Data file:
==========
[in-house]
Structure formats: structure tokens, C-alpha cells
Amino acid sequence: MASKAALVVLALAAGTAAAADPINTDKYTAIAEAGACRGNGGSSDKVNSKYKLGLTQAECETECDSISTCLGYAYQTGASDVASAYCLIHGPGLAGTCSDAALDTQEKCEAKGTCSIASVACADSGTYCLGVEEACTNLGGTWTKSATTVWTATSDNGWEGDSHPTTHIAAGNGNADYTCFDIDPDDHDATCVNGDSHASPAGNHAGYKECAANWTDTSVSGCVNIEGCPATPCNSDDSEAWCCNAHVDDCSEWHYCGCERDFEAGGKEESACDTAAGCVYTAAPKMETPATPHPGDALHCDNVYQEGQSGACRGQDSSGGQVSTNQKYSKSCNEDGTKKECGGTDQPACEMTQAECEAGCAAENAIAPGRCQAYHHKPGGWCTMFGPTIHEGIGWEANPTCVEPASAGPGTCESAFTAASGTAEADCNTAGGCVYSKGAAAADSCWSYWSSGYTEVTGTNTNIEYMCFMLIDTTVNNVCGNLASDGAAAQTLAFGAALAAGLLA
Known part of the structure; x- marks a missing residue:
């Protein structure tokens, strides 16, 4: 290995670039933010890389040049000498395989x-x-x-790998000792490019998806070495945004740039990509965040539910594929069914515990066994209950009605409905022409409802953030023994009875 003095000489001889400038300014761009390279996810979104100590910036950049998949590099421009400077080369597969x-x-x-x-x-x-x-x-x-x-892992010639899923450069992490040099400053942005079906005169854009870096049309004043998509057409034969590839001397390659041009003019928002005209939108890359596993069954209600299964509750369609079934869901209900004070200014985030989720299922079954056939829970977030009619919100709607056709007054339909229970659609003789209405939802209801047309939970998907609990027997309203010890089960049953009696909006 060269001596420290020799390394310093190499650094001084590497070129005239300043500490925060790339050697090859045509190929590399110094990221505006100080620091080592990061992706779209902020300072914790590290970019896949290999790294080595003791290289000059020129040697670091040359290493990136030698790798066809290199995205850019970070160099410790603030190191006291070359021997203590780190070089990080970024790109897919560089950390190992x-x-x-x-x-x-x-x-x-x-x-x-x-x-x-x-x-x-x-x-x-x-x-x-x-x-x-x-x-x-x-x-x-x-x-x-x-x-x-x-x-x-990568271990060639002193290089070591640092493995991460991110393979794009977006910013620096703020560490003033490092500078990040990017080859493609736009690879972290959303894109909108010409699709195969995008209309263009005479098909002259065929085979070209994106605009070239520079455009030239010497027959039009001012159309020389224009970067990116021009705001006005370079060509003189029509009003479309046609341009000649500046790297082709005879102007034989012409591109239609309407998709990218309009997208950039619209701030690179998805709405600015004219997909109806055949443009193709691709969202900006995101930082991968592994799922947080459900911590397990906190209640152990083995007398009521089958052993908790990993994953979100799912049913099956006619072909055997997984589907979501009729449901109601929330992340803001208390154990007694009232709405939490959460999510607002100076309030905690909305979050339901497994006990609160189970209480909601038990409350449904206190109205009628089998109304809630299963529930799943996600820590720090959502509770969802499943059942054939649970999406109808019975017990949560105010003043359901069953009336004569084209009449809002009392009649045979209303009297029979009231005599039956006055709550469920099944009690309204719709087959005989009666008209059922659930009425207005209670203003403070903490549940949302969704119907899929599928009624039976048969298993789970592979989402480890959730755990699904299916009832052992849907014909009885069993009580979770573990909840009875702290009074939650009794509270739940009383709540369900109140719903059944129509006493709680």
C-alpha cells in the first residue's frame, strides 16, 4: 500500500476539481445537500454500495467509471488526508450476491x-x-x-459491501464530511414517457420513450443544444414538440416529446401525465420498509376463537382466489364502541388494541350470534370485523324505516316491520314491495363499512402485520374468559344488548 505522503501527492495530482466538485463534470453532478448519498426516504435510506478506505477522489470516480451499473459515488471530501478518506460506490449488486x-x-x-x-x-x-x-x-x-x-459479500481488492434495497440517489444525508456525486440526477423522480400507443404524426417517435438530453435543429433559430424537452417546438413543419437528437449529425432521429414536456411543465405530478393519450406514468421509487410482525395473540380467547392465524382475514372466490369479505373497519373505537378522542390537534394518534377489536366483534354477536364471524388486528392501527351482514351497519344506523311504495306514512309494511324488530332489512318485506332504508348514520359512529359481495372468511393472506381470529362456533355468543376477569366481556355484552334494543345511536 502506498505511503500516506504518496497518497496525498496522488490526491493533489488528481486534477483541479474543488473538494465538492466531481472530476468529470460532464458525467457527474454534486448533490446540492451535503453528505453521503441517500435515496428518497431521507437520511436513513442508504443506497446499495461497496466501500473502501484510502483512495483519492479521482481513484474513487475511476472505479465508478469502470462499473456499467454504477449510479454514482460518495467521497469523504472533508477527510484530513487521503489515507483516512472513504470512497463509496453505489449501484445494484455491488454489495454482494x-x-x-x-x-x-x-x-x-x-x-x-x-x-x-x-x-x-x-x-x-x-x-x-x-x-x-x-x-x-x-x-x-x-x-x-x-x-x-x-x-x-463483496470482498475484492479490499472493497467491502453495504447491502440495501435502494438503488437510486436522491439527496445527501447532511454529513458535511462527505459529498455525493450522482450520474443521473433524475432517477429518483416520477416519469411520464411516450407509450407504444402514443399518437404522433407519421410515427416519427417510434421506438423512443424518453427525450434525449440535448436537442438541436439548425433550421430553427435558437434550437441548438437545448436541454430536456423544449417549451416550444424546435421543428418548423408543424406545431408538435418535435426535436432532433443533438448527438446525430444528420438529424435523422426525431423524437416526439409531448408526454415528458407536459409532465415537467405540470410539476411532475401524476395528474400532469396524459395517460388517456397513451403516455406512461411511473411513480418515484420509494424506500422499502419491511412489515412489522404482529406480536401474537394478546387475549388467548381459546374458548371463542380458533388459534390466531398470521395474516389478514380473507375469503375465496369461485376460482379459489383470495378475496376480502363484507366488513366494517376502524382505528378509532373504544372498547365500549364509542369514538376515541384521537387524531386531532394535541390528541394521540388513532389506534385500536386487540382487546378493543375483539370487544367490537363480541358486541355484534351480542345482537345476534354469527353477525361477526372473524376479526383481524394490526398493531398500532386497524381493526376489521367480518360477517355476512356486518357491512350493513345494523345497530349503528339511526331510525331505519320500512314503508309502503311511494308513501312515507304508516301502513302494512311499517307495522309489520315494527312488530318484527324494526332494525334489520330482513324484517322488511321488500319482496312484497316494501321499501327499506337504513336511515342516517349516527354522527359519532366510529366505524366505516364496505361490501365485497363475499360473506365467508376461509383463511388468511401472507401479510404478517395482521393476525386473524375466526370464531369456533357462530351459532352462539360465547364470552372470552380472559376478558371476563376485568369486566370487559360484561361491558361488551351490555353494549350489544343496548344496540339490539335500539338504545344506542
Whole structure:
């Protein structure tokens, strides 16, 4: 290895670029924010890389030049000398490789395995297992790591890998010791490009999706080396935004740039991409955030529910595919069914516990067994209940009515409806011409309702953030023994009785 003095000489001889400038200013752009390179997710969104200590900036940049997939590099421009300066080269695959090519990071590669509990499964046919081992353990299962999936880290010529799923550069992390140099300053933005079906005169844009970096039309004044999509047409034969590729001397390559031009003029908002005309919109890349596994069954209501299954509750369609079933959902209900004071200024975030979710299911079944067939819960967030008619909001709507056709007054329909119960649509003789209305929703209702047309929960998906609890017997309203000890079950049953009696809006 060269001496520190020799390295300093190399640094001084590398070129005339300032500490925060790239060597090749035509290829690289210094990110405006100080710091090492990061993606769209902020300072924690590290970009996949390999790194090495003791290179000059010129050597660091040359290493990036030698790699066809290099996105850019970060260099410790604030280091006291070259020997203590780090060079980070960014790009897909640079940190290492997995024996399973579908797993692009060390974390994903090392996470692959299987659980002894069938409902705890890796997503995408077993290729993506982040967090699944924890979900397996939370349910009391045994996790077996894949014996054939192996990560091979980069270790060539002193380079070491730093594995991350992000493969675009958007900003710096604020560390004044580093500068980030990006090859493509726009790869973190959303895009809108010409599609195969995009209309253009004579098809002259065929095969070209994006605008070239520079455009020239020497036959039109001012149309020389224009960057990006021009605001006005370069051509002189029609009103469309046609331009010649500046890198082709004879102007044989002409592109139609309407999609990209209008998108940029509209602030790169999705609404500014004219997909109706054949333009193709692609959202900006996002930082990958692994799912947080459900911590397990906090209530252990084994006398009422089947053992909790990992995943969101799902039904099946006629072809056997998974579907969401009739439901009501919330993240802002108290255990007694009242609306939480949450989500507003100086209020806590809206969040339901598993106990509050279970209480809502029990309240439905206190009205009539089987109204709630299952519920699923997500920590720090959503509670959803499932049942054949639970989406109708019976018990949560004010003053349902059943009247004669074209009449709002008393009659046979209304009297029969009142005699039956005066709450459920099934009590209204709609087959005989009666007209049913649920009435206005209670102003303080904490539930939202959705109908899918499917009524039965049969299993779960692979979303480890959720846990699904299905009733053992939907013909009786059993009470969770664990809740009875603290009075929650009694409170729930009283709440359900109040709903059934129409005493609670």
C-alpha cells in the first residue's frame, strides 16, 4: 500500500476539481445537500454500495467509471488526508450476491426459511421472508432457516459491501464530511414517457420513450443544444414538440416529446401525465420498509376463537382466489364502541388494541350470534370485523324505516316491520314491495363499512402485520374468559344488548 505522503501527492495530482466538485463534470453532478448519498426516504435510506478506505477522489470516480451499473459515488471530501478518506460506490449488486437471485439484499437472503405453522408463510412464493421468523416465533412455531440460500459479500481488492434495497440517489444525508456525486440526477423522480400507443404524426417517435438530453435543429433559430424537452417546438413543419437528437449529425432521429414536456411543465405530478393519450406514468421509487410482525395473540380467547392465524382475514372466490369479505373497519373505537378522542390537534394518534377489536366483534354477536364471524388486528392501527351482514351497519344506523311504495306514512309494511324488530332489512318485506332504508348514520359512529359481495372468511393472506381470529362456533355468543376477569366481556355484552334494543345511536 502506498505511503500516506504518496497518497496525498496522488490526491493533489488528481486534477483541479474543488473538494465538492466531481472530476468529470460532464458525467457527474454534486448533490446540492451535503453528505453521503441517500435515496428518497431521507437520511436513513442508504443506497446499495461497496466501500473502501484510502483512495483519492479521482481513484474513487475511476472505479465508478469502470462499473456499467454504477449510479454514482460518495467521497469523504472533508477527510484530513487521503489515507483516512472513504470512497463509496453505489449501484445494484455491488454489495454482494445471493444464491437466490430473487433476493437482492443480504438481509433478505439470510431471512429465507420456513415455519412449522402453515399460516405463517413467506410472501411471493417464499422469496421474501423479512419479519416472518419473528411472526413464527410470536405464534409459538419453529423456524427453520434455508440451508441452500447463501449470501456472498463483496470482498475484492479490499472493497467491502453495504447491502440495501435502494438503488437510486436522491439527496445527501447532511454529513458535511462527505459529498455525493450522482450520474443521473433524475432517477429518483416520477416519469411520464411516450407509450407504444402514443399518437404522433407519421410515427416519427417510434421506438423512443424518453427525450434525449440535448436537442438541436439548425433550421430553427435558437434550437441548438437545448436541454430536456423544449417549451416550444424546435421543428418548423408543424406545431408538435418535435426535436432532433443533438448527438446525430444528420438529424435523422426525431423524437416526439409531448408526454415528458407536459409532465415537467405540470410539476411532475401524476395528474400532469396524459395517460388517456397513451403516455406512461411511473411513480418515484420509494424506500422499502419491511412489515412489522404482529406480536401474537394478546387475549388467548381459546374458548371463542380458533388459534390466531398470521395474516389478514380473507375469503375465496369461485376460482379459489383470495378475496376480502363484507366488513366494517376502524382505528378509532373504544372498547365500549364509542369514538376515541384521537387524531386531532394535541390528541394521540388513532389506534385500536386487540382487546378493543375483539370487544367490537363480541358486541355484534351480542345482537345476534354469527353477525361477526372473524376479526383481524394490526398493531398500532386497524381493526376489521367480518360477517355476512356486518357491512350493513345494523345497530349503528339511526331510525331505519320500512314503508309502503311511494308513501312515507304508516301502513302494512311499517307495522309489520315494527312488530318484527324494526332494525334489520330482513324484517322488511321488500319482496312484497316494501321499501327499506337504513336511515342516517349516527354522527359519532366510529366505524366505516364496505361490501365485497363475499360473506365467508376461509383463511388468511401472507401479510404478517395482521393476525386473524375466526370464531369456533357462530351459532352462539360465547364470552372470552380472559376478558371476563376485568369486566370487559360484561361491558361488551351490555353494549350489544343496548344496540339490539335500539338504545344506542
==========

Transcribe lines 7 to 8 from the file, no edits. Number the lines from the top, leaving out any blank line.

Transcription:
Whole structure:
């Protein structure tokens, strides 16, 4: 290895670029924010890389030049000398490789395995297992790591890998010791490009999706080396935004740039991409955030529910595919069914516990067994209940009515409806011409309702953030023994009785 003095000489001889400038200013752009390179997710969104200590900036940049997939590099421009300066080269695959090519990071590669509990499964046919081992353990299962999936880290010529799923550069992390140099300053933005079906005169844009970096039309004044999509047409034969590729001397390559031009003029908002005309919109890349596994069954209501299954509750369609079933959902209900004071200024975030979710299911079944067939819960967030008619909001709507056709007054329909119960649509003789209305929703209702047309929960998906609890017997309203000890079950049953009696809006 060269001496520190020799390295300093190399640094001084590398070129005339300032500490925060790239060597090749035509290829690289210094990110405006100080710091090492990061993606769209902020300072924690590290970009996949390999790194090495003791290179000059010129050597660091040359290493990036030698790699066809290099996105850019970060260099410790604030280091006291070259020997203590780090060079980070960014790009897909640079940190290492997995024996399973579908797993692009060390974390994903090392996470692959299987659980002894069938409902705890890796997503995408077993290729993506982040967090699944924890979900397996939370349910009391045994996790077996894949014996054939192996990560091979980069270790060539002193380079070491730093594995991350992000493969675009958007900003710096604020560390004044580093500068980030990006090859493509726009790869973190959303895009809108010409599609195969995009209309253009004579098809002259065929095969070209994006605008070239520079455009020239020497036959039109001012149309020389224009960057990006021009605001006005370069051509002189029609009103469309046609331009010649500046890198082709004879102007044989002409592109139609309407999609990209209008998108940029509209602030790169999705609404500014004219997909109706054949333009193709692609959202900006996002930082990958692994799912947080459900911590397990906090209530252990084994006398009422089947053992909790990992995943969101799902039904099946006629072809056997998974579907969401009739439901009501919330993240802002108290255990007694009242609306939480949450989500507003100086209020806590809206969040339901598993106990509050279970209480809502029990309240439905206190009205009539089987109204709630299952519920699923997500920590720090959503509670959803499932049942054949639970989406109708019976018990949560004010003053349902059943009247004669074209009449709002008393009659046979209304009297029969009142005699039956005066709450459920099934009590209204709609087959005989009666007209049913649920009435206005209670102003303080904490539930939202959705109908899918499917009524039965049969299993779960692979979303480890959720846990699904299905009733053992939907013909009786059993009470969770664990809740009875603290009075929650009694409170729930009283709440359900109040709903059934129409005493609670």